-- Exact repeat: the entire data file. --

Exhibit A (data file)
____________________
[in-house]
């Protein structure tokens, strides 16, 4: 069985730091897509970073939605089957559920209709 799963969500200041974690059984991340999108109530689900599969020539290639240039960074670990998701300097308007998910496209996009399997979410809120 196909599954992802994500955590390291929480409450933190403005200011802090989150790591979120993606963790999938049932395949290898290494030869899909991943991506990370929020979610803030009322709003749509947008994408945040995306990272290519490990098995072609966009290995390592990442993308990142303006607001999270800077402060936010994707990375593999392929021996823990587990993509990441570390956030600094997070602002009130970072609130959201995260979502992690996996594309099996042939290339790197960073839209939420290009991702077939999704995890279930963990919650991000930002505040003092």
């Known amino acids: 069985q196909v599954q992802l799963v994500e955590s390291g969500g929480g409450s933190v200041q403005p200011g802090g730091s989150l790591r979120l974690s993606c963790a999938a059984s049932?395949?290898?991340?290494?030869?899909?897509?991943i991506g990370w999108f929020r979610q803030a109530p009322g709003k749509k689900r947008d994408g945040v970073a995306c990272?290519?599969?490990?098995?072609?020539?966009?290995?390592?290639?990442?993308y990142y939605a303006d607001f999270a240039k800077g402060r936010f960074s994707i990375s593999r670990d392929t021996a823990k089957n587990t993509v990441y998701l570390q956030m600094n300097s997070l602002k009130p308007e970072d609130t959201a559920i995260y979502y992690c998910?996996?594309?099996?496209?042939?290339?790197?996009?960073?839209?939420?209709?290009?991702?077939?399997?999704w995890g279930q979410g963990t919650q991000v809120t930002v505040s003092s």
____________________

[in-house]
């Protein structure tokens, strides 16, 4: 069985730091897509970073939605089957559920209709 799963969500200041974690059984991340999108109530689900599969020539290639240039960074670990998701300097308007998910496209996009399997979410809120 196909599954992802994500955590390291929480409450933190403005200011802090989150790591979120993606963790999938049932395949290898290494030869899909991943991506990370929020979610803030009322709003749509947008994408945040995306990272290519490990098995072609966009290995390592990442993308990142303006607001999270800077402060936010994707990375593999392929021996823990587990993509990441570390956030600094997070602002009130970072609130959201995260979502992690996996594309099996042939290339790197960073839209939420290009991702077939999704995890279930963990919650991000930002505040003092």
């Known amino acids: 069985q196909v599954q992802l799963v994500e955590s390291g969500g929480g409450s933190v200041q403005p200011g802090g730091s989150l790591r979120l974690s993606c963790a999938a059984s049932?395949?290898?991340?290494?030869?899909?897509?991943i991506g990370w999108f929020r979610q803030a109530p009322g709003k749509k689900r947008d994408g945040v970073a995306c990272?290519?599969?490990?098995?072609?020539?966009?290995?390592?290639?990442?993308y990142y939605a303006d607001f999270a240039k800077g402060r936010f960074s994707i990375s593999r670990d392929t021996a823990k089957n587990t993509v990441y998701l570390q956030m600094n300097s997070l602002k009130p308007e970072d609130t959201a559920i995260y979502y992690c998910?996996?594309?099996?496209?042939?290339?790197?996009?960073?839209?939420?209709?290009?991702?077939?399997?999704w995890g279930q979410g963990t919650q991000v809120t930002v505040s003092s």